Where are all the Services?
In 2003 at the age of three my son was diagnosed with autism. The diagnosis was made by a team of clinicians, led by a paediatrician, in a large children’s teaching hospital in Brisbane. The news was both good and bad. It was good because the doctor was confirming what we already knew deep in our hearts, that he had autism, and now we knew for sure what we were dealing with. It was bad because – well this is autism we are talking about – it is a very complicated condition and we knew very little about it.
After delivering the diagnosis the paediatrician, seemingly upbeat, told me about the next steps in the process. He told me about the SEDU programs that are run by the Education Department in Queensland. These Special Education Development Units (SEDU’s) are ‘kindergarten’ type early intervention programs for children who need extra assistance because of Autism Spectrum Disorder (ASD), Down’s syndrome and other developmental conditions and disabilities. The program would run for a couple of mornings each week for a year or two and we would have to wait a few months before he could begin.
The paediatrician smiled and said that the hospital also had its own autism program that our boy could attend. This program was for young children and was one session a week (a couple of hours) for about 8 weeks. That sounded terrific to me (in my profound ignorance of best practice interventions for ASD) and I left his office feeling hopeful of the future.
On our son’s first day at the SEDU I had absolutely no idea what to expect. Playgroups had always been a problem for him, so attending a structured kindergarten with other children who also had special needs was a big black hole of not knowing as far as I was concerned. How was he going to cope? Would he eat his meals? Would he cry all the time and refuse to participate?
Well the day started out swimmingly with our son refusing to get out of his car seat in the car and then the progression into a monster crying fit. I didn’t know what to do! He was struggling so much I knew it would be very difficult, if not impossible, for me to carry him and his belongings into the classroom. My stress levels were rising with my blood pressure and the minutes were ticking away. I knew I couldn’t do this on my own so I locked the car and quickly went inside and asked for help. The director of the program (a wonderful and wise woman) nodded her head in understanding and came outside to assist me. Together we got that strong little boy with big fears and tears inside the SEDU.
I stayed for over an hour to see if he would settle and he did calm down enough to get through that first day, and the next and the next. The program was very well run and the teachers were knowledgeable and skilful in the area of ASD. He had assessments from speech therapists and occupational therapists, and the program was based around the results of these assessments. My son tolerated (sometimes even enjoyed) the program and improved in many areas because of the expertise and patience of the staff. But I knew it wasn’t enough.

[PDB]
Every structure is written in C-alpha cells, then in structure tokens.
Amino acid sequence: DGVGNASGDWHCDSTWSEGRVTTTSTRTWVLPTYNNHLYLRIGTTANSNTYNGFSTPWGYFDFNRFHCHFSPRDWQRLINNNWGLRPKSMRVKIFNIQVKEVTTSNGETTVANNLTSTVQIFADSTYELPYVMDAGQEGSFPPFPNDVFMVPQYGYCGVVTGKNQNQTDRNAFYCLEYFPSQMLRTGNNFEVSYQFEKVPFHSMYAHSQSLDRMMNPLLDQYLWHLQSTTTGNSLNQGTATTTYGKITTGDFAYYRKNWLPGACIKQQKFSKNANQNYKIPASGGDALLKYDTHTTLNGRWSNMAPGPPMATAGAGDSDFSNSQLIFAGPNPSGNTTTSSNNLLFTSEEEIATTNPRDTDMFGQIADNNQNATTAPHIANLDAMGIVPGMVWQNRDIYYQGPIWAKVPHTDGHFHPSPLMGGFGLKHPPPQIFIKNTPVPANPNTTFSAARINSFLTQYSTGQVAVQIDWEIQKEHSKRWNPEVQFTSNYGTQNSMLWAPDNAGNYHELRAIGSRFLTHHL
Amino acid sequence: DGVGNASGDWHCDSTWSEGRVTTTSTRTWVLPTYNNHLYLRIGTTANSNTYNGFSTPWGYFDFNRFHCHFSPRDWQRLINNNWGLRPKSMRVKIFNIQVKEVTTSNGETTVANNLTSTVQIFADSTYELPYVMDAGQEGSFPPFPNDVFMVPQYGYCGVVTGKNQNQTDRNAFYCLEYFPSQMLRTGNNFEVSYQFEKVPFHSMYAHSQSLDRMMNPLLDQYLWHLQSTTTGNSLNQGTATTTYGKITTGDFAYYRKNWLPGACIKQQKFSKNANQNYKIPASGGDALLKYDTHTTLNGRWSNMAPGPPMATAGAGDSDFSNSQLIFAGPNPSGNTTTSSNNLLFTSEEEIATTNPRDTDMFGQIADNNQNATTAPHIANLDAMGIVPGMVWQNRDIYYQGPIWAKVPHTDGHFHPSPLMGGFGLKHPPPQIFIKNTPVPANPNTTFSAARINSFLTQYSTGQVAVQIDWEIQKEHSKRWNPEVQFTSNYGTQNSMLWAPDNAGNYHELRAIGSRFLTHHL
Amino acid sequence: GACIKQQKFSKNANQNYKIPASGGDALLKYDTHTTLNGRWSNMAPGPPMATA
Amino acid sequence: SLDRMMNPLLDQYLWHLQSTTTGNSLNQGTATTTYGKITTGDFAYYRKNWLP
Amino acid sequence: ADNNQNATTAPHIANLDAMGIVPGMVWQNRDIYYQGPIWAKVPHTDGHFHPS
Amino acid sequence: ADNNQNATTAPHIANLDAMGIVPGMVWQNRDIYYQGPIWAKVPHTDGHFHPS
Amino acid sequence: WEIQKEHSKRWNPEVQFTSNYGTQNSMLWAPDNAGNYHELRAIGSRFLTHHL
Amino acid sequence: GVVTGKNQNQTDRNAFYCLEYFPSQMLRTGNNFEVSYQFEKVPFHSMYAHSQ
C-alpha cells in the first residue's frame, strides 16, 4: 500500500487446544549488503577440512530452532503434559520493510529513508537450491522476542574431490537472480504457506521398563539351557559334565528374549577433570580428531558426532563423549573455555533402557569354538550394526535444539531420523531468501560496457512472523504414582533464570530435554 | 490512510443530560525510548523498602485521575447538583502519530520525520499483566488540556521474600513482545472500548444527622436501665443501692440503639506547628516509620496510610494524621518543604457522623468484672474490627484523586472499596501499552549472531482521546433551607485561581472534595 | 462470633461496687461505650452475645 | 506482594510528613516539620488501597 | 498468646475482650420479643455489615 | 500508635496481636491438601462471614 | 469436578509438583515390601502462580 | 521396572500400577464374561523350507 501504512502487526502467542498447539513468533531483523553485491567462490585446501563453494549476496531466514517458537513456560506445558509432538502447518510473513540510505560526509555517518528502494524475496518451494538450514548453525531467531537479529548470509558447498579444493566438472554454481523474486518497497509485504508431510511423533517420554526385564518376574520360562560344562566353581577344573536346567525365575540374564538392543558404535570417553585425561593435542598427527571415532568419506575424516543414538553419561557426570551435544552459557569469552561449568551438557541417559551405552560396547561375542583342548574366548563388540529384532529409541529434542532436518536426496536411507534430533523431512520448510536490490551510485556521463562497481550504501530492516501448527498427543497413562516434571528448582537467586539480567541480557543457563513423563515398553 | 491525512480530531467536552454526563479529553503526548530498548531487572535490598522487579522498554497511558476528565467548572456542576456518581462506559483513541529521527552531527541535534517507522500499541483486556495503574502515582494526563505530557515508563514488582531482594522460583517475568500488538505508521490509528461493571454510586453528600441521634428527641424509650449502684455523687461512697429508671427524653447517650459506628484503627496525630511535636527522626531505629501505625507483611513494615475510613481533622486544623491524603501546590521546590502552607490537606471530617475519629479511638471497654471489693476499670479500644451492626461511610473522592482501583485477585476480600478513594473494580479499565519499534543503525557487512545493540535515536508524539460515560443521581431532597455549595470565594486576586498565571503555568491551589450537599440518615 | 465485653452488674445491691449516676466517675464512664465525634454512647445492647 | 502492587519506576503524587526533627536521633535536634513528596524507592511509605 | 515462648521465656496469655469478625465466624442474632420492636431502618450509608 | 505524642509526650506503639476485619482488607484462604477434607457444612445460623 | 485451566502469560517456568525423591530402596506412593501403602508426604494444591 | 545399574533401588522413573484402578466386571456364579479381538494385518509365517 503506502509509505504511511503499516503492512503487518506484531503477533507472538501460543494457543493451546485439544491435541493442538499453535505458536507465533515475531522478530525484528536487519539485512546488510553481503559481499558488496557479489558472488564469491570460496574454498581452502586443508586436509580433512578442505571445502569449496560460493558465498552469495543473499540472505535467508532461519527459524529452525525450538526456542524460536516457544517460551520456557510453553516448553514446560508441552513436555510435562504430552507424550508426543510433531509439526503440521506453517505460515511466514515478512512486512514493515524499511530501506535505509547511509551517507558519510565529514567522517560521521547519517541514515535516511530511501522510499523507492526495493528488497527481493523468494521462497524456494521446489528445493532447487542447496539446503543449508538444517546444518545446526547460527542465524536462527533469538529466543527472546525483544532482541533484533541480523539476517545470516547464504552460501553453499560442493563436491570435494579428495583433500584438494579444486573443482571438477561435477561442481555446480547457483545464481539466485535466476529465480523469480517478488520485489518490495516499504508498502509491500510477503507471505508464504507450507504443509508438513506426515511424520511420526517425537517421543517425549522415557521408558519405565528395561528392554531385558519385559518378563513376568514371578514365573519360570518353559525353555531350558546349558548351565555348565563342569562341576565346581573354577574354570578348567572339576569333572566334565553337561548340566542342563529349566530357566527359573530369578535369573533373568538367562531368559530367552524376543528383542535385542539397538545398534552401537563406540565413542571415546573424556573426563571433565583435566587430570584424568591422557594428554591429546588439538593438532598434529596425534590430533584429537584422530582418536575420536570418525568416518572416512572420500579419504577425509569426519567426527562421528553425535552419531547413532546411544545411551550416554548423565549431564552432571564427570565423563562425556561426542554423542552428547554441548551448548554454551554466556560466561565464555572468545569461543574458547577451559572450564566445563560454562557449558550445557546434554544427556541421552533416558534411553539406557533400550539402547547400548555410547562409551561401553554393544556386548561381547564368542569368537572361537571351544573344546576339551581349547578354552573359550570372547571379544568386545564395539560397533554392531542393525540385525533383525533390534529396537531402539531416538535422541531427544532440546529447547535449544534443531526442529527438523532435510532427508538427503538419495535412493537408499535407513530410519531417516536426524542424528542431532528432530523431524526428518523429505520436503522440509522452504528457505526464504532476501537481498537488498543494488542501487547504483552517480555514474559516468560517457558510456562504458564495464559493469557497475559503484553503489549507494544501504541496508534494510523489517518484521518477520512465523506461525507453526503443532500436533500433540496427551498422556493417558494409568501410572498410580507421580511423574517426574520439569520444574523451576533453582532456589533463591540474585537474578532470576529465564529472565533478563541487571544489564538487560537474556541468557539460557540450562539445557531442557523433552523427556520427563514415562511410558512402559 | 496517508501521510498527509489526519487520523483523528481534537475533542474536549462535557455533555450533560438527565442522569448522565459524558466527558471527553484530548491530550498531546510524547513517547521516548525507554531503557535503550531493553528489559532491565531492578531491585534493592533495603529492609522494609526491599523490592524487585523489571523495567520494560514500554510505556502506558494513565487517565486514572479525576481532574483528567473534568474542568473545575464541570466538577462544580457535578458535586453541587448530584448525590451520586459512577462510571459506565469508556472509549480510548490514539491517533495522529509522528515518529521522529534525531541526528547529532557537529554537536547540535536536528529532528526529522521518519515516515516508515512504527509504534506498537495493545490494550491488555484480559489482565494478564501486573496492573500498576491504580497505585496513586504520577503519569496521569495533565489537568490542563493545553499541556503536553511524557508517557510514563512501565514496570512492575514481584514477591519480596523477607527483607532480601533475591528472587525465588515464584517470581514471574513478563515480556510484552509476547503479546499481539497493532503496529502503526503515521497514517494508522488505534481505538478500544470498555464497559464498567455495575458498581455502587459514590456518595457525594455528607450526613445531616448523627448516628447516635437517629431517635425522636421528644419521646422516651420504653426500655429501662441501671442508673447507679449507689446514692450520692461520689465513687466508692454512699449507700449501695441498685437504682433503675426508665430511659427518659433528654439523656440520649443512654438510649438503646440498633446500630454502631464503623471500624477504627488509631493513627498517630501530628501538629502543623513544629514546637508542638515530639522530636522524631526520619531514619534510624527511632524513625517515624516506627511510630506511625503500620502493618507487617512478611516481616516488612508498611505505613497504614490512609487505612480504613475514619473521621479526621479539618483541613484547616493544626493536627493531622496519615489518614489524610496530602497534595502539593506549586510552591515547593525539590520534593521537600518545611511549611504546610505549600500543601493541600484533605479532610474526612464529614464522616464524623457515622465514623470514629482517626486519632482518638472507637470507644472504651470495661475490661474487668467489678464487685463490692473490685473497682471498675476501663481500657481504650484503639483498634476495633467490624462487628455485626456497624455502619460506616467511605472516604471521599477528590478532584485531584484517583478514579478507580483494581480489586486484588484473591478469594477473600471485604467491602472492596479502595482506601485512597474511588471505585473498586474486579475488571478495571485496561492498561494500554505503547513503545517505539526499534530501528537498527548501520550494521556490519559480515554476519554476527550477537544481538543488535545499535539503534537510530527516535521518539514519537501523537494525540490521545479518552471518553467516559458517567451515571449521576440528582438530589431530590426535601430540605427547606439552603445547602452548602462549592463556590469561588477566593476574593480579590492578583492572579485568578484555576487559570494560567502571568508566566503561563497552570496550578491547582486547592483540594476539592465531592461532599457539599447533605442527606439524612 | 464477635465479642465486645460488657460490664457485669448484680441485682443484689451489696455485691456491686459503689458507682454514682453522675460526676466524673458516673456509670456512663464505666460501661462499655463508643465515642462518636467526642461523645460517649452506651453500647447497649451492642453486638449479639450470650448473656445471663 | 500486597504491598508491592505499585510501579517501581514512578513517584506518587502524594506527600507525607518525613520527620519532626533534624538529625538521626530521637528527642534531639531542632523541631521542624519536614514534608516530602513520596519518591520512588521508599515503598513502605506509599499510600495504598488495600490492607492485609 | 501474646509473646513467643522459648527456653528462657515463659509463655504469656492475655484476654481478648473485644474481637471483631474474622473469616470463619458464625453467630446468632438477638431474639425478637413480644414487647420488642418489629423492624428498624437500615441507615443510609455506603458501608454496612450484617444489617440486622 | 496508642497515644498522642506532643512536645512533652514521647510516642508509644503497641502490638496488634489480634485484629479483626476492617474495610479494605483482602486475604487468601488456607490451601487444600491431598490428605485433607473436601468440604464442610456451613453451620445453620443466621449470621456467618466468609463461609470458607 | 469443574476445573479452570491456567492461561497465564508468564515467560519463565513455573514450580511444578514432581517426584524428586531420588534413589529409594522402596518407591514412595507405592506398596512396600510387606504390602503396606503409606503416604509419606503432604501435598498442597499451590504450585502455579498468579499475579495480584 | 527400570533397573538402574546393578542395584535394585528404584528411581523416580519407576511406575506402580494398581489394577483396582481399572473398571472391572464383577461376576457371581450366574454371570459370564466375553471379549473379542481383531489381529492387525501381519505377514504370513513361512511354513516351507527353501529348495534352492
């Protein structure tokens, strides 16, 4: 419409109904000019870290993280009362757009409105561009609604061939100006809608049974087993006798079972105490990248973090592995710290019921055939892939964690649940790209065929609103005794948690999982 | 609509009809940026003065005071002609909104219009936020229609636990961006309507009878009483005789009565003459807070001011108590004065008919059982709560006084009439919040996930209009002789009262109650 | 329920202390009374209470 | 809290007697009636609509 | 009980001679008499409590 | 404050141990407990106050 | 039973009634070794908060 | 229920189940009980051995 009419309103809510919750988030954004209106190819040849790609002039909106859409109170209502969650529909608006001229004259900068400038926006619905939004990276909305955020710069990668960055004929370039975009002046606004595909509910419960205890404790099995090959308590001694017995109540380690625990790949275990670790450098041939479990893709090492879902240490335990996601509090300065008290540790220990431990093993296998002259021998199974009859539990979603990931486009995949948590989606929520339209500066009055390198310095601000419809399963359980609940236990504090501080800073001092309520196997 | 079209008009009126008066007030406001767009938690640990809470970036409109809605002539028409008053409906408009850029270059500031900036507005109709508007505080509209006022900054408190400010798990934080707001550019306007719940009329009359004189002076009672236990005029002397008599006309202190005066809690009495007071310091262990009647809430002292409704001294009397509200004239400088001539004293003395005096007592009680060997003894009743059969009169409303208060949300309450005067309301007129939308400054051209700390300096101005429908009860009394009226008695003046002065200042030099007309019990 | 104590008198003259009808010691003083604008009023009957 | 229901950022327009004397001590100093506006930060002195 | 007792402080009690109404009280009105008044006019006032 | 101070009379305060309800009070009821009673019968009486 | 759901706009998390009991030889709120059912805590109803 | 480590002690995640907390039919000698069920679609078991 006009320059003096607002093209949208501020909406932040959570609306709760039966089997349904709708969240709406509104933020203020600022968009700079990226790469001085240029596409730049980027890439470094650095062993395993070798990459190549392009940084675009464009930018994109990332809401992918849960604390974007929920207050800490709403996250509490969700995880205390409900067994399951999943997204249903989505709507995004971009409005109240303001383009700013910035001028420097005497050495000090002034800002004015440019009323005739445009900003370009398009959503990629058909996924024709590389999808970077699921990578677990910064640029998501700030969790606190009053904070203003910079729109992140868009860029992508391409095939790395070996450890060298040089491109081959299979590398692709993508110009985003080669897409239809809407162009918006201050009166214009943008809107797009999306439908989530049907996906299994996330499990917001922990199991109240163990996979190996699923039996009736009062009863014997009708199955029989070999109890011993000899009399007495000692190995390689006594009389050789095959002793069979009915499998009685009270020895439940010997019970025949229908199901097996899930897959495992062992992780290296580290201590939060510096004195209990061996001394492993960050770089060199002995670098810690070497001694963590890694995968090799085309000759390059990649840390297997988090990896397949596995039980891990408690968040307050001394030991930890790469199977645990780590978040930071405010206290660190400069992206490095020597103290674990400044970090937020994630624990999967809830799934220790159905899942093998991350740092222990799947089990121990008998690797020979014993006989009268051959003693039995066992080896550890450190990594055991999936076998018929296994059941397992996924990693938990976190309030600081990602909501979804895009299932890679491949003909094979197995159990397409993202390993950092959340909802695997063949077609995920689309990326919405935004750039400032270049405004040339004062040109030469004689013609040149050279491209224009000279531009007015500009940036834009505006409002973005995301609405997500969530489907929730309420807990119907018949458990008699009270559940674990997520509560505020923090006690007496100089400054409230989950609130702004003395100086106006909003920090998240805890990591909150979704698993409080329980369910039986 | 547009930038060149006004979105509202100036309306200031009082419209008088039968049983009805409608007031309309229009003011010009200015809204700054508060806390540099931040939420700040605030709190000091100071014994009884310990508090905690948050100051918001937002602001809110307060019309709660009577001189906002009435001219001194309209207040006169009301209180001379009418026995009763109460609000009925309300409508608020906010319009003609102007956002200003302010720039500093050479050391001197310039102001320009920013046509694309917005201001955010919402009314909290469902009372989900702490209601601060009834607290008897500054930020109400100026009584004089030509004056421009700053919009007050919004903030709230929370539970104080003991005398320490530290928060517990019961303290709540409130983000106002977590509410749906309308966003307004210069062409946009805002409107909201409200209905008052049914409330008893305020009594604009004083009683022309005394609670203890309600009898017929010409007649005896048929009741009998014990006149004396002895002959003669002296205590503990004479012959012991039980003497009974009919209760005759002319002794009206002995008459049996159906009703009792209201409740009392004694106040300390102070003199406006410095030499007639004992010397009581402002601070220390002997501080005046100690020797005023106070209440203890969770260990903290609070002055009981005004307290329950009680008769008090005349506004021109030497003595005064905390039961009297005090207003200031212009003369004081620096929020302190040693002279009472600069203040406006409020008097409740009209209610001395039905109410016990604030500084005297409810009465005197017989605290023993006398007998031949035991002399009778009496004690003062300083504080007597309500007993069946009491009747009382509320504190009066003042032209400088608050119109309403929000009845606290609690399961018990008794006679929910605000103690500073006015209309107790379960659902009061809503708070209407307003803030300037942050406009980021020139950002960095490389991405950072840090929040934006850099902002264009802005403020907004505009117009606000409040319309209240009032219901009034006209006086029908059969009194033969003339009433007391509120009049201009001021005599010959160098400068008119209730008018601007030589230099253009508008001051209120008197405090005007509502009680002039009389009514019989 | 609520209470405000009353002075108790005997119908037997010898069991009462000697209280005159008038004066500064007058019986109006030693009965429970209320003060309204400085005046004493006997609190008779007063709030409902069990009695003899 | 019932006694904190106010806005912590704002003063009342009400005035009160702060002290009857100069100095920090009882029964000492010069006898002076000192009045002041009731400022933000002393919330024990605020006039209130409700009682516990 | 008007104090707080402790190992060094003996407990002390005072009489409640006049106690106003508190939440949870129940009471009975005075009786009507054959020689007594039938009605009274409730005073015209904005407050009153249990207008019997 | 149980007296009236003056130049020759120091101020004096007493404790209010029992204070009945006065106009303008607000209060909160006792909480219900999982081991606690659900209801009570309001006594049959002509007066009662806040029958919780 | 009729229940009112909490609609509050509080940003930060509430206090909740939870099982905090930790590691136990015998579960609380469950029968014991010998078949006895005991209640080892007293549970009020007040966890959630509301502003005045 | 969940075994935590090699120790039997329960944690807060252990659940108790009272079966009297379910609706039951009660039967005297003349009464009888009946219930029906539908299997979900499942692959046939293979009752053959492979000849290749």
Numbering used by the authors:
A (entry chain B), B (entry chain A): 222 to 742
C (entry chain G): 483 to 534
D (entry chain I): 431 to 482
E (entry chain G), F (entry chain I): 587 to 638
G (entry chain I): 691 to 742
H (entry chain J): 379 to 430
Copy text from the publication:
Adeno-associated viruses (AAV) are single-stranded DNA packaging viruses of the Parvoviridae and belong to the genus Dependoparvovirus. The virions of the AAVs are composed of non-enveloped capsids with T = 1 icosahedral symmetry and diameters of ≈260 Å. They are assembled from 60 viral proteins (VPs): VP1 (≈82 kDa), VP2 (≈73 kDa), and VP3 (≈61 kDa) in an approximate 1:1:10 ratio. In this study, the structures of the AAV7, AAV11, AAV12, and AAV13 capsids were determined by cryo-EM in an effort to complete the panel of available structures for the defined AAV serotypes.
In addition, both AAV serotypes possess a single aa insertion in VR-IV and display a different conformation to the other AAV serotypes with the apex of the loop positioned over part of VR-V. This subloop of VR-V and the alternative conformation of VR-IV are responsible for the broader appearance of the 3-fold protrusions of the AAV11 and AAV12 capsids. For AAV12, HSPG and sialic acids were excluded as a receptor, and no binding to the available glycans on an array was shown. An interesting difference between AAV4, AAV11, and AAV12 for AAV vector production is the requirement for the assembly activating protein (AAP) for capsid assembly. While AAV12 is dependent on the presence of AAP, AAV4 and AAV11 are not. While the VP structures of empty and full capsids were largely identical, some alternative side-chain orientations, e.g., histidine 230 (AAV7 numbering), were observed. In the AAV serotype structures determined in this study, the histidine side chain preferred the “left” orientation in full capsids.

After the diagnosis I had begun to do as much research and reading as possible in the area of autism. One thing stood out amongst the cacophony of ‘treatments’ for ASD and that was the benefits of intensive early intervention; intensive being the operative word and that meant 30 to 40 hours a week. These were primarily behavioural interventions involving a focus on learning theory and skills development with the use of Applied Behaviour Analysis (ABA). The SEDU program incorporated a number of these techniques but was only 9 hours a week and that wasn’t nearly enough to maximise the benefits for the child. It was a good step in the right direction but much more was needed.
I believed that intensive early intervention was the way forward for our family but when I looked around for service providers I found none. There were no programs in 2003 in Queensland that offered full-time placements in early intervention. I couldn’t believe it. The only option was self-funding an in-home program where I would have to arrange the employment of a number of staff who would implement an ABA type program (presumably designed by myself). The complexity and expense of this approach blew my mind and I didn’t know where to begin. I began to feel like a rat in a learned helplessness experiment.
to be continued